The study of inherited cardiac conditions in Cyprus
The CY-GENCARDIO projects aims to collect and archive at the University of Cyprus Biobank most, if not all, families segregating inherited heart conditions, with the goal of studying them clinically and genetically. This will enable deriving useful data for our population and lead to easier genetic testing and diagnosis, thereby allowing the development of preventative programs and personalized cardiology for heritable heart conditions. While the project is going to start with main clinical involvement of the Department of Cardiology at the Nicosia General Hospital, future work aims to engage all cardiology departments in the public and perhaps private hospitals, with the purpose to archive the families and patients in one national registry.
- Identification of families segregating recognizable inherited heart diseases, including cardiomyopathies, channelopathies or other known rare heart conditions, and other new families with undiagnosed heart diseases. Preference and priorities will be given to conditions demonstrating Mendelian inheritance but sporadic patients with suspicion of a heritable conditions, eg recessive inheritance or de novo mutation, will be sought to be enrolled and archived too.
- Blood drawing from patients and other undiagnosed family members, for storing biospecimens in the form of DNA, plasma, serum and urine.
- Design and implementation of the CY-GENCARDIO database, that will host all the information concerning the collected biological material of the patients and other undiagnosed family members
Our researchers expect, through CY-GENCARDIO to detect the most prominent cardiomyopathies, channelopathies and other rare inherited heart conditions within the population of Cyprus. Unfortunately, very few studies on inherited heart diseases have been done in the Cypriot population and consequently many people remain undiagnosed and at risk for serious outcomes, without proper follow-up and preventive medication, when available. In particular, this project will result in targeting specific rare heart disorders, of which there are many, making the screening of future families more practical and more cost-effective. Identifying the causative gene defect in a family, not only will lead to early diagnosis of at-risk members who will be offered frequent monitoring and preventive measures, but will also identify members who have not inherited the mutation and relieve the accompanying anxiety, while also excluding them from the burden of frequent follow-up required for carrier members.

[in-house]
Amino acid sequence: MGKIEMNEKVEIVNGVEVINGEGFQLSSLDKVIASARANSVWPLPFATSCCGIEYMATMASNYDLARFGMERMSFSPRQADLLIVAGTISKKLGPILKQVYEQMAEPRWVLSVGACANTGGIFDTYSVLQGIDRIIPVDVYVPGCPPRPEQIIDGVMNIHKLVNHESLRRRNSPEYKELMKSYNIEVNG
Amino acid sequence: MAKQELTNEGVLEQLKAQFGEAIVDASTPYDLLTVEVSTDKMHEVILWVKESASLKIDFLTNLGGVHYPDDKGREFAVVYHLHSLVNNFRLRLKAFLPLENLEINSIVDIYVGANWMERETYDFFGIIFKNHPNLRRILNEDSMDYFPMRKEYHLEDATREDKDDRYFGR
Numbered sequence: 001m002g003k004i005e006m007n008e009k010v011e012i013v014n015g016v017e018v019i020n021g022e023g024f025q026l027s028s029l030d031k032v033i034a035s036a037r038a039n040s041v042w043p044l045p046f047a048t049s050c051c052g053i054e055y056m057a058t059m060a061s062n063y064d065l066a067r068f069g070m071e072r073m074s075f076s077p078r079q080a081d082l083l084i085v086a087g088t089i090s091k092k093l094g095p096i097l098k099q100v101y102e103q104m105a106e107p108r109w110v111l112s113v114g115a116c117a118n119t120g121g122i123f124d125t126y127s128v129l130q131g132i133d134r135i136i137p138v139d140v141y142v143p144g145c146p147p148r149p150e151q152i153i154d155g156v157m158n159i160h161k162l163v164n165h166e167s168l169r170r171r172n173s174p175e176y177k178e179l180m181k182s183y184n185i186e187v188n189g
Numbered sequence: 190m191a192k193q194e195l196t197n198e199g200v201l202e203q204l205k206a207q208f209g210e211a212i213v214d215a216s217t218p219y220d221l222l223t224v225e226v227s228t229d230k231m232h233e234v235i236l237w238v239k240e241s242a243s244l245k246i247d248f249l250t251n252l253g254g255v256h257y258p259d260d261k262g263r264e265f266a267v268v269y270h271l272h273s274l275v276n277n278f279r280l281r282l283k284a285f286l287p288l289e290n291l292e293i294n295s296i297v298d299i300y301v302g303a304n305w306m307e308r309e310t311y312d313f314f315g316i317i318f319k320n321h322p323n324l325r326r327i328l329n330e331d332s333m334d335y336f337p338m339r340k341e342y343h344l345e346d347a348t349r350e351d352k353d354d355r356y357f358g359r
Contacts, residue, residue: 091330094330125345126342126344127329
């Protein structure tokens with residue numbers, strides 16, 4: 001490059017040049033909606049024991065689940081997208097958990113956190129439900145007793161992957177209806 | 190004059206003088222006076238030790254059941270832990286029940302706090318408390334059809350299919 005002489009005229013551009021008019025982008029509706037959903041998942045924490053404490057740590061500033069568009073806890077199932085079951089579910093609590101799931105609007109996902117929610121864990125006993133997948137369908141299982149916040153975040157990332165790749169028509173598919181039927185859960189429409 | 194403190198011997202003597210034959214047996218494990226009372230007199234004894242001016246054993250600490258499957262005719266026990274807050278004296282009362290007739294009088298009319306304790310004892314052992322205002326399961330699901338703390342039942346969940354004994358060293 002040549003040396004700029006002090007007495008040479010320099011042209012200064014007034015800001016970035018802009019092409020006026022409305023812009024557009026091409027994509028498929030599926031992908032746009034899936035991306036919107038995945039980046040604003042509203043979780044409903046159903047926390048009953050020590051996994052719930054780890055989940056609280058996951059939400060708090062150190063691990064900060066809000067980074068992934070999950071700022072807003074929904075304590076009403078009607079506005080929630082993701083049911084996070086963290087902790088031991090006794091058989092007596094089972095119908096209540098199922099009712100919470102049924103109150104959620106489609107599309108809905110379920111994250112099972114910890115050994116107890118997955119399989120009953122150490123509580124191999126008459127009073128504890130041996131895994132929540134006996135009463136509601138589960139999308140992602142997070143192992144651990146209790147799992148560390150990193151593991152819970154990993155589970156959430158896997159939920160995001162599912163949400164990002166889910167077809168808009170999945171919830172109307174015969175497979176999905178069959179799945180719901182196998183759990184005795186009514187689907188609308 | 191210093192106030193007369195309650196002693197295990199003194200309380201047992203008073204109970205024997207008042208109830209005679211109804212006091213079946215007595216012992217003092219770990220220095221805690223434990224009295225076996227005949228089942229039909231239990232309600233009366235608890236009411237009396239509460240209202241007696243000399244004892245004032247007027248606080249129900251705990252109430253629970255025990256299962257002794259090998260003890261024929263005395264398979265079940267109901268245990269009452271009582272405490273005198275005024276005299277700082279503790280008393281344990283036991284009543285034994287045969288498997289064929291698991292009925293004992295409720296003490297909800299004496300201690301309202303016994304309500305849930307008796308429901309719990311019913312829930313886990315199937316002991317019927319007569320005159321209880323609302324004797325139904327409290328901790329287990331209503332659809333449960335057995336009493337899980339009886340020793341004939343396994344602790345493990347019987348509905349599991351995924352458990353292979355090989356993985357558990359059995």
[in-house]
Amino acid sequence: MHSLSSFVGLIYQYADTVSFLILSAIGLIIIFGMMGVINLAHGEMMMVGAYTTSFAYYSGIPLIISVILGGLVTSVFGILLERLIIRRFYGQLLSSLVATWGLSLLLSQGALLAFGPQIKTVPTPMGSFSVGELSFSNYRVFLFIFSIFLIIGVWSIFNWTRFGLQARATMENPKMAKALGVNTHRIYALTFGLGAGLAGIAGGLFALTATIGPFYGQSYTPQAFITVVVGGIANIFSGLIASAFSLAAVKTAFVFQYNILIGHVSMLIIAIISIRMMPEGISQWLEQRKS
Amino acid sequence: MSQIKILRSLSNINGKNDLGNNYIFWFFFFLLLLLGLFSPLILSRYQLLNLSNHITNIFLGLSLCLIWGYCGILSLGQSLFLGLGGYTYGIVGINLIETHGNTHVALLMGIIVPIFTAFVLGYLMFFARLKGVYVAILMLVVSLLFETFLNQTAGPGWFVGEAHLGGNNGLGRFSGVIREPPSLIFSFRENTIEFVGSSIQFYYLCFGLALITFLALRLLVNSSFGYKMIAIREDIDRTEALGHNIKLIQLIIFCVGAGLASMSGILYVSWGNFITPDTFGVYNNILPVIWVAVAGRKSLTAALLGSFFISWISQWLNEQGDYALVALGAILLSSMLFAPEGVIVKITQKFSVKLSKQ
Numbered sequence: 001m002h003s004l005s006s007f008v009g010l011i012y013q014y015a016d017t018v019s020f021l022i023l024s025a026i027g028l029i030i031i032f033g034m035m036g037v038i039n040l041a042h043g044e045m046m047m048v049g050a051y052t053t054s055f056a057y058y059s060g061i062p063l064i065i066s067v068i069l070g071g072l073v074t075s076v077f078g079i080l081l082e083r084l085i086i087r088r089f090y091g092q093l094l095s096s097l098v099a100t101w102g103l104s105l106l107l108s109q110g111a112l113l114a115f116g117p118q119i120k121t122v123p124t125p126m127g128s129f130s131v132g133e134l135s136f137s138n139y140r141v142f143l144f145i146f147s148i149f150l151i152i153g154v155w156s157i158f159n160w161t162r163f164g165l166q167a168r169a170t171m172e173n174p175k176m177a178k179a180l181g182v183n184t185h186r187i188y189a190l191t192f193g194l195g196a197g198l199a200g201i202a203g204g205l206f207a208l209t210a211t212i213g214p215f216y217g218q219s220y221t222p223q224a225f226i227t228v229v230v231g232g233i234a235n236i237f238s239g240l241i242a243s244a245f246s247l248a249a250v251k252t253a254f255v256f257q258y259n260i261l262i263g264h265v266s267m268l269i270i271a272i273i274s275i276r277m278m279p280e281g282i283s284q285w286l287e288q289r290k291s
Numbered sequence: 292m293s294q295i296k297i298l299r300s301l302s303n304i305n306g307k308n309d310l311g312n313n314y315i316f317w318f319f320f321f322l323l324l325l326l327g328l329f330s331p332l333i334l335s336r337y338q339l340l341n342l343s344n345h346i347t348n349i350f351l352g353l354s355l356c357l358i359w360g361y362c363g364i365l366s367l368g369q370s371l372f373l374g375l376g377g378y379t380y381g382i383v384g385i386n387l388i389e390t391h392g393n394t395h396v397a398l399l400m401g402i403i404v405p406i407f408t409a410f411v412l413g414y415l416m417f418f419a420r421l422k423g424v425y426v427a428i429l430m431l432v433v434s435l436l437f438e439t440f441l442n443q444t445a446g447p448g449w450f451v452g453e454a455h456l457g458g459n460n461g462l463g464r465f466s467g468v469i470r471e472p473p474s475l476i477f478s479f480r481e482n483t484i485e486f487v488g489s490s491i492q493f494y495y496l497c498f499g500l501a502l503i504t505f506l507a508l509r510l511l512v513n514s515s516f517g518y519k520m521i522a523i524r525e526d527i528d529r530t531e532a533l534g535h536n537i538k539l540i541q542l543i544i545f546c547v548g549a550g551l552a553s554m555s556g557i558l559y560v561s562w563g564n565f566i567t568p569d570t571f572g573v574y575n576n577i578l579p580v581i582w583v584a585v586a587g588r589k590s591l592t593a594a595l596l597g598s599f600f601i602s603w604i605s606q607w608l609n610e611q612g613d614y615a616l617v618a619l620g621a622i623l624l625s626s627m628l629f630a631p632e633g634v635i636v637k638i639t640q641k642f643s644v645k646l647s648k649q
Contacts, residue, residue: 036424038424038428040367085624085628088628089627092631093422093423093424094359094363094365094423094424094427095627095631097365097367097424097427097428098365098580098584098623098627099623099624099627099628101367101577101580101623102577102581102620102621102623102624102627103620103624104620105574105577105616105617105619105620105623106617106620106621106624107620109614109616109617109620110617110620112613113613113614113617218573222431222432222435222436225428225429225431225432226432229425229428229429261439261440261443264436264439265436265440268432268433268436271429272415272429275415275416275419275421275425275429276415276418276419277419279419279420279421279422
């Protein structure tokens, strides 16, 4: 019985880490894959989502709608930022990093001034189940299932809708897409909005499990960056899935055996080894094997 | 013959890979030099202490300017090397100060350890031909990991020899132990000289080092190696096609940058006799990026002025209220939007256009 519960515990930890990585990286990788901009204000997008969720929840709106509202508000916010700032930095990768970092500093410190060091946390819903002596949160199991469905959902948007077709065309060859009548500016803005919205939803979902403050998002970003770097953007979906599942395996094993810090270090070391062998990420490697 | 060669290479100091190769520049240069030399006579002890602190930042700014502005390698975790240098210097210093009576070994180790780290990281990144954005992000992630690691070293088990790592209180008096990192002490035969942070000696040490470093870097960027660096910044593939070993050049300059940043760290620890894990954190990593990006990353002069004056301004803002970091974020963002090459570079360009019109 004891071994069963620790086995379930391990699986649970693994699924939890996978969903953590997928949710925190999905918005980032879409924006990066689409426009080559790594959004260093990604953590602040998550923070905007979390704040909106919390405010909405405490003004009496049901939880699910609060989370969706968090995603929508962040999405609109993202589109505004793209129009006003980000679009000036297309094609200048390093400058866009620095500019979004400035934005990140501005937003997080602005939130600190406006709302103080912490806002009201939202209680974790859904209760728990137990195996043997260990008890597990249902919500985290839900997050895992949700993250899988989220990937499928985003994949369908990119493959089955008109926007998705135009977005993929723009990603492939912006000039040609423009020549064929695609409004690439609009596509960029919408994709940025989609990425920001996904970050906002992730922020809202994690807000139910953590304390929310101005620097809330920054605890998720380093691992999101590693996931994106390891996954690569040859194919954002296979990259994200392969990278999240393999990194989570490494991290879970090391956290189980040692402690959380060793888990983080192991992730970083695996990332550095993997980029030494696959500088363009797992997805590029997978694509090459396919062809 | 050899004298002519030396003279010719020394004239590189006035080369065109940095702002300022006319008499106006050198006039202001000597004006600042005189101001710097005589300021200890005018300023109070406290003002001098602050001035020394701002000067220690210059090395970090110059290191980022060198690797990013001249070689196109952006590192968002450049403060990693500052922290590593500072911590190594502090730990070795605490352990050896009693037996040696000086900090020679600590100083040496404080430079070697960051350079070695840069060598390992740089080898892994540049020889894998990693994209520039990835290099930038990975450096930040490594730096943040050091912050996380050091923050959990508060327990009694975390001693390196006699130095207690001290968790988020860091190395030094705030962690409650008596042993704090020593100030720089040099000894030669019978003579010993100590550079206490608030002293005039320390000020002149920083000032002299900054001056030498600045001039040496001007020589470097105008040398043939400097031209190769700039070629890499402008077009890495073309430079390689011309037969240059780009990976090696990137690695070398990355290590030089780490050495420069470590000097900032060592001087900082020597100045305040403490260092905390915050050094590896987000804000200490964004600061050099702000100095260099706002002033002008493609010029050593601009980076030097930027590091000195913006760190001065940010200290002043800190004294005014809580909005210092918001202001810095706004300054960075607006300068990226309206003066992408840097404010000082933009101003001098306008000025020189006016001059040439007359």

While doing so, the project partners aim to relieve much of the clinical burden as the molecular approach will enable faster and more robust diagnosis in many suspect patients, saving lives and money to the Ministry of Health. Expensive and more time-consuming examinations in order to reach a correct diagnosis may become obviated in certain cases as the molecular testing may become the method of choice as a first-tier approach. This in turn, is expected to have a significant impact to the activities of the Ministry of Health and health care policies, which will become available and applicable as early as in the first two years of project implementation.